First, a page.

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Alexander's story

Alexander was born into a farming family in Tasmania in 1869. A studious and delicate child, he found a way of earning as a reciter of dramatic monologues. He particularly loved Shakespeare.

He developed his Technique in the late decades of the 19th century when he found himself suffering from voice problems which threatened his career. Using careful self-examination he worked out that his hoarseness came from habits he had developed of over-tightening himself, especially in his neck, when he was reciting.

Curing himself was not easy. Determination not to tighten the neck, as anyone can check for themselves, invariably leads to tightening it. Alexander used an arrangement of mirrors and painstakingly figured out how to stop himself tightening.

There was such an improvement in his voice that fellow actors started coming to him with their own voice problems. He eventually found he could best explain himself by gently using his hands to guide people away from their bad habits.

It soon became clear that getting rid of excess tension, especially in the neck area, brought other benefits. People found their breathing improving and problems such as bronchitis and asthma being eased.

Others found their sleep improved, others that digestive problems vanished; others that they felt less depressed. Excessive muscular tension can manifest itself in a variety of ways.

Doctors began to send their patients to Alexander. In 1904 he came to London with letters of introduction to some prominent members of the medical profession. He set up practice and soon acquired a distinguished clientele.

Over the years, his famous pupils included George Bernard Shaw, Sir Adrian Boult, Sir Stafford and Lady Isobel Cripps, John Dewey, Aldous Huxley, and Lord Lytton, the Viceroy of India.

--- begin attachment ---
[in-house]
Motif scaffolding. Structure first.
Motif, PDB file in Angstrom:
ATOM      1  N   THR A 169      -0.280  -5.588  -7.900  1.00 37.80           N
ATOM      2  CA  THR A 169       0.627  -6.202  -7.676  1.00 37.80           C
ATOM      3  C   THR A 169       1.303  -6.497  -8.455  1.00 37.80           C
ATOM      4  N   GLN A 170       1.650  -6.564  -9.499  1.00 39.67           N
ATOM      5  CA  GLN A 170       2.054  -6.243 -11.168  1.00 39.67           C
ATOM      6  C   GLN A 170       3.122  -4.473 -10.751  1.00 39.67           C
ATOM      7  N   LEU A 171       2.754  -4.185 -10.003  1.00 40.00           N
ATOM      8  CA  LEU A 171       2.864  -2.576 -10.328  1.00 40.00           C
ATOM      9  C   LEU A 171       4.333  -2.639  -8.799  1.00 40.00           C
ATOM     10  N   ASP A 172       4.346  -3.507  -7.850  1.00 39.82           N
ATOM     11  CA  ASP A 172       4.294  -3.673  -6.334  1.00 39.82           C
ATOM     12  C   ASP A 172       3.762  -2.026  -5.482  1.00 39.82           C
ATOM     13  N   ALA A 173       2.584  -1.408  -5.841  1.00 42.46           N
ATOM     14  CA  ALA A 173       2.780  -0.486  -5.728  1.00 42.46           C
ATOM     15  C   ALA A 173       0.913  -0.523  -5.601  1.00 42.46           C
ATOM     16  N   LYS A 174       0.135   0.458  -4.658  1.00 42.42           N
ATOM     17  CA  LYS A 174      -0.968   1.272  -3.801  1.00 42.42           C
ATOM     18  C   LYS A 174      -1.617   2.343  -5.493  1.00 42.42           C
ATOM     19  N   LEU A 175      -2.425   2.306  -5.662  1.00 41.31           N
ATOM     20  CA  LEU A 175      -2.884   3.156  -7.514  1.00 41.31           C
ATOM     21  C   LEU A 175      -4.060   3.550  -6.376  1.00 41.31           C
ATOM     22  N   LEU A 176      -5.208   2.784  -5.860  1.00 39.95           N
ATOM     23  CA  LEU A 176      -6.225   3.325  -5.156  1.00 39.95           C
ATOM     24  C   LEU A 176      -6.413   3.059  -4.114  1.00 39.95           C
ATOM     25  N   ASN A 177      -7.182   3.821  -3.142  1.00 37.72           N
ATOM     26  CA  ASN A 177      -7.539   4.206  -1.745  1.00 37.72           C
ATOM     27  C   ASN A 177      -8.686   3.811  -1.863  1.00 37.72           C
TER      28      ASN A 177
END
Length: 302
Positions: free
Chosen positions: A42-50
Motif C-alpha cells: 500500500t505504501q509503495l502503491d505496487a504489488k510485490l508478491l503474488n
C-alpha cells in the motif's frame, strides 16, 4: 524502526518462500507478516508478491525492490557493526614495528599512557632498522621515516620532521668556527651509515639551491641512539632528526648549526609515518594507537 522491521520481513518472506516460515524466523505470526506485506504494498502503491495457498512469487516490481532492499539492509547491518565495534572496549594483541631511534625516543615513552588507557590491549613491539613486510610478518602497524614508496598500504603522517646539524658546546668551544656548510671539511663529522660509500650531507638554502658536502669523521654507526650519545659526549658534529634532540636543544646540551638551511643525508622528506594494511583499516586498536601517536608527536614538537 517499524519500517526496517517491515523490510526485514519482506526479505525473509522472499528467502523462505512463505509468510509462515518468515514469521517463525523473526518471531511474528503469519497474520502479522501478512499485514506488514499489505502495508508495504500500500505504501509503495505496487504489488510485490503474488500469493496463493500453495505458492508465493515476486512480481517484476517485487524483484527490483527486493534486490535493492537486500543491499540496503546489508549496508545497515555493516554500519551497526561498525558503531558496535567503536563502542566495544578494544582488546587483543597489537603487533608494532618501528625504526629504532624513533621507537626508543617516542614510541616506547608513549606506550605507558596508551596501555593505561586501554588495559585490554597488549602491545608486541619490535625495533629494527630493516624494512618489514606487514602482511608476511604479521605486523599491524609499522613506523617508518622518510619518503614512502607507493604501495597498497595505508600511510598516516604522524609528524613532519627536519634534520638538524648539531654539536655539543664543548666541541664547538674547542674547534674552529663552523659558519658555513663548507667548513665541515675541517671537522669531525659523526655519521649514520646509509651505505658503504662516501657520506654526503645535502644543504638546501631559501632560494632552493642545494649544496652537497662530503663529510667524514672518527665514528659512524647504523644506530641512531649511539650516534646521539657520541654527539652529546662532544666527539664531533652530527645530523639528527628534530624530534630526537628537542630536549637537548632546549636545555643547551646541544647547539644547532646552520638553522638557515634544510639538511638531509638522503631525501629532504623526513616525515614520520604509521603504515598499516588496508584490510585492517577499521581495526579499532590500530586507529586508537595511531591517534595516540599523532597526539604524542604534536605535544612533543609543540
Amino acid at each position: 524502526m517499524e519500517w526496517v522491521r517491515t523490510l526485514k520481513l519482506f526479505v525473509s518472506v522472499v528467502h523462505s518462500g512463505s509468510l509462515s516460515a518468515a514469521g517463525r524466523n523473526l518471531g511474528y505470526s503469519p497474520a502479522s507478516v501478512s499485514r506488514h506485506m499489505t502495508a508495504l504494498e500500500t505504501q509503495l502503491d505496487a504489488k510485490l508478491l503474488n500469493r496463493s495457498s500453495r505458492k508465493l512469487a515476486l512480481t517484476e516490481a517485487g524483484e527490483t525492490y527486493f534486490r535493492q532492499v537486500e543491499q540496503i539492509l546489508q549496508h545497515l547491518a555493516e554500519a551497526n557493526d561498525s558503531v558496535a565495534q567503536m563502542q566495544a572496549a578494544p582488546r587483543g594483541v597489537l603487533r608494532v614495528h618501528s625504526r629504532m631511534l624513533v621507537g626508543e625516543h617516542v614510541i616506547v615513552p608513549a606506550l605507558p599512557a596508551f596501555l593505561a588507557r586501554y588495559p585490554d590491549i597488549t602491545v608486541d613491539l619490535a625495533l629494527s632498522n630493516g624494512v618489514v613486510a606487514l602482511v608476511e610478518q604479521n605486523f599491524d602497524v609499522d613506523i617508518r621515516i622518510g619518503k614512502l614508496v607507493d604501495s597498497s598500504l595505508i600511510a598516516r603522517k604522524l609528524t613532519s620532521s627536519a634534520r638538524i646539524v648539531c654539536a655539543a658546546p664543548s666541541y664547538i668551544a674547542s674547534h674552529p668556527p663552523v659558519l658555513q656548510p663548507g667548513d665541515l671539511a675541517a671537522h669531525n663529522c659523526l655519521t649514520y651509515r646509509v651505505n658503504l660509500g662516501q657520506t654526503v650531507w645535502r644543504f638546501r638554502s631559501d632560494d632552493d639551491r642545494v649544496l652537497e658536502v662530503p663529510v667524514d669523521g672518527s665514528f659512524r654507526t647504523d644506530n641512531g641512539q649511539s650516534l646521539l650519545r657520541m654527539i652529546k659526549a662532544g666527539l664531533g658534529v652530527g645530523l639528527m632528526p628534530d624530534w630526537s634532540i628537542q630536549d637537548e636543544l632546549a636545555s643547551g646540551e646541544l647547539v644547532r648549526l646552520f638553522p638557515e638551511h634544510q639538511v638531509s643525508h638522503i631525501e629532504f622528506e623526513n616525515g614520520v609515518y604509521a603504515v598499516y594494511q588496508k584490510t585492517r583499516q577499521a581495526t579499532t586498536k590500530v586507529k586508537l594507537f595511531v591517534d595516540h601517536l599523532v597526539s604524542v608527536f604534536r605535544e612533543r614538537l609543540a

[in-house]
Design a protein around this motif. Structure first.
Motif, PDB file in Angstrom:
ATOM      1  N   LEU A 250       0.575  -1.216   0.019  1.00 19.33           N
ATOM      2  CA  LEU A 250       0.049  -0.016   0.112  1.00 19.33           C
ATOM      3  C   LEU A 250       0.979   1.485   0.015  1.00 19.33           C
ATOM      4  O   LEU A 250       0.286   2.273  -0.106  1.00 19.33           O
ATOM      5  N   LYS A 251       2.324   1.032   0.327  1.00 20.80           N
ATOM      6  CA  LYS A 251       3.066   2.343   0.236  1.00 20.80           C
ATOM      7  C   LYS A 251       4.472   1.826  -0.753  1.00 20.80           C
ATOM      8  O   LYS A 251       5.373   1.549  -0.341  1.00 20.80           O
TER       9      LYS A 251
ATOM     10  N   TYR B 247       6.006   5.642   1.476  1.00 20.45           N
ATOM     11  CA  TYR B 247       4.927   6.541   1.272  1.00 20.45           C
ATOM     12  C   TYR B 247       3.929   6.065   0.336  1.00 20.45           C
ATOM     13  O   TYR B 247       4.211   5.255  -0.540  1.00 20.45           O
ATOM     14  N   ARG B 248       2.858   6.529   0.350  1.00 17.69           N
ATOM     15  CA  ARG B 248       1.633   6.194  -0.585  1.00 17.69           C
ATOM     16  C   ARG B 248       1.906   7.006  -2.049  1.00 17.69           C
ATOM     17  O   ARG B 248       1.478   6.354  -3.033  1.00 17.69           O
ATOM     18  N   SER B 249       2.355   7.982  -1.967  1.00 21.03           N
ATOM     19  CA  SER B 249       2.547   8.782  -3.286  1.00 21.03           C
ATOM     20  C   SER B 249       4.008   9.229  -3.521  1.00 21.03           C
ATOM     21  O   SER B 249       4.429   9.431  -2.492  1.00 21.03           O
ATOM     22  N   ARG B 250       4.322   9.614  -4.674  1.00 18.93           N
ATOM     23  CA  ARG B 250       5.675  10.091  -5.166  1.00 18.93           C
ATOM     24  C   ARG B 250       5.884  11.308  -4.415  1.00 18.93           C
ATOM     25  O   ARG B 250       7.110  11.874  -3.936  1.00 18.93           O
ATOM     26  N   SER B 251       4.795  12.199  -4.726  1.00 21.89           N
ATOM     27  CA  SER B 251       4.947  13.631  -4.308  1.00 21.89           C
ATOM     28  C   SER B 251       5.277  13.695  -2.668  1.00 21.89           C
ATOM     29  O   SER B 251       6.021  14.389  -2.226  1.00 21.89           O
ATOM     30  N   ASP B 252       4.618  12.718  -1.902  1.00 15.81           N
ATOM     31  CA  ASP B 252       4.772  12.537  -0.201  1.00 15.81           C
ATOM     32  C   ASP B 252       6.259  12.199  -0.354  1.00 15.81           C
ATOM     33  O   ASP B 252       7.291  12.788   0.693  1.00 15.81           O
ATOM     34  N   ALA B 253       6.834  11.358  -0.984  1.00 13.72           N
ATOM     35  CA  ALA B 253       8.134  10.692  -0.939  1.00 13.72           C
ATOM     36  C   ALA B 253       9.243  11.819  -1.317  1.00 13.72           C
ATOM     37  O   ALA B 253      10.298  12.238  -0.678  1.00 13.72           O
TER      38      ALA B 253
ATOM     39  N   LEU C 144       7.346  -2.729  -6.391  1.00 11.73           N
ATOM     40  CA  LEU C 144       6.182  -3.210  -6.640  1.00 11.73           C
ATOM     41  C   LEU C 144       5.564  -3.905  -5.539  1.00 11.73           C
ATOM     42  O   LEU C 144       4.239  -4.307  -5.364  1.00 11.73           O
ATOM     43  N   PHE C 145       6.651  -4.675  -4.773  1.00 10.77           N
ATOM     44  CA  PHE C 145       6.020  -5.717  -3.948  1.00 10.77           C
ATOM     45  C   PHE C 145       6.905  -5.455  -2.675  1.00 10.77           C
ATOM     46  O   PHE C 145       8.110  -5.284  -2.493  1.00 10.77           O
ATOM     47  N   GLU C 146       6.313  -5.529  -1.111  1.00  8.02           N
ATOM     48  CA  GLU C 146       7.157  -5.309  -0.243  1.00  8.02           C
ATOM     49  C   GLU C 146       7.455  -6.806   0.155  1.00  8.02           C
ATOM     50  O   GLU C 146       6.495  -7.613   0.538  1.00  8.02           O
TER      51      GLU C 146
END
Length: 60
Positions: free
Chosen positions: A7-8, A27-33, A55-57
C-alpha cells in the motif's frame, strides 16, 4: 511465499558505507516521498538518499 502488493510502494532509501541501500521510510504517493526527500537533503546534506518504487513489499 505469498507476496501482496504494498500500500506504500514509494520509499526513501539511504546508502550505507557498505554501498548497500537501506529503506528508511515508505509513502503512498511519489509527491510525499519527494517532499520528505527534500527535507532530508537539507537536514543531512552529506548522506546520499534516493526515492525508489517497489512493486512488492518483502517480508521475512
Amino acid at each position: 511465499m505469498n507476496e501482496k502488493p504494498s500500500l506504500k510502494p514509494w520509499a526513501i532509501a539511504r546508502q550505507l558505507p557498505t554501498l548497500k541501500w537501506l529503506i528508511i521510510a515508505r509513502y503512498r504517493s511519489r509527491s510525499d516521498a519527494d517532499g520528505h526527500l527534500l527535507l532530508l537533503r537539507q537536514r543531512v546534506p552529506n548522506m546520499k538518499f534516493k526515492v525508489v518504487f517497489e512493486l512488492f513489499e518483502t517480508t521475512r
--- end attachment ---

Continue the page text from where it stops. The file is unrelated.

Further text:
Lytton, to take one example, had been suffering from headaches, muscular pains and stomach problems but he returned to his duties in India completely reinvigorated by a course of lessons with Alexander.

In 1931 Alexander opened a school in London to train teachers in his Technique. He also continued in private practice, sharing his time between London and the USA. He died in 1955 just ten weeks short of his eighty-seventh birthday.

Most people who have heard of the Alexander Technique associate it with posture. My conversations with people about the Technique often begin: "Must sit up straight when I'm talking to you."

Other people say: "I've heard it's a bit like yoga" or "I do Pilates for my bad back; is it similar?" or "Can it fix my neck-ache?" Others are dismissive: "I don't believe in paying too much attention to my aches and pains, I just exercise them off in the gym."

Whatever the starting point, I find it useful to take the discussion forward by suggesting we think of young healthy children. The grace, balance, and energy they show in the way they move and play is our genetic inheritance. It is the way we can and should be.

Then, as we grow up, we learn to misuse ourselves. We slump, we slouch, we exercise the wrong muscles. With the passing years come the aches, the pains and the loss of our original freedom and agility.

The Alexander Technique is about learning how to stop misusing ourselves; it is about recovering our natural endowment. The good thing is that if we can stop doing the wrong thing, the right thing gradually happens.

Our abilities to walk, run, stand, or sit gracefully are not lost, they are just buried. In some of us they are buried pretty deeply beneath decades of misuse. It can take a while to uncover them; unlearning bad habits is usually more difficult than acquiring them. But no matter what our age or our physical state we can improve the way we use ourselves. It is never too late.

Alexander lessons

Alexander teachers are trained to spot the ways in which we misuse ourselves. The aim of an Alexander lesson is to start you on the journey of restoring your proper way of using yourself.

The procedures in an Alexander lesson are simple; the equipment even more so. The Alexander teacher's room has a chair, an ordinary kitchen chair is all that is required. It also has a physiotherapist's couch. Alexander teachers usually call it a table because all that is needed is a table long enough and strong enough for you to lie upon. Clothing should be loose and women should wear trousers or a long skirt.

Lessons involve some gentle hand-contact by the teacher. If the idea of this makes you uneasy, discuss it with the teacher before you start. There is no undressing apart from taking off the shoes. Lessons never involve force or touching of "private" areas of the body.

The teacher will ask you to stand, and by hand and voice will gently adjust you into allowing standing to happen more freely. This can reveal a great deal about how we distort ourselves and the amount of unnecessary effort we put into the ordinary business of standing.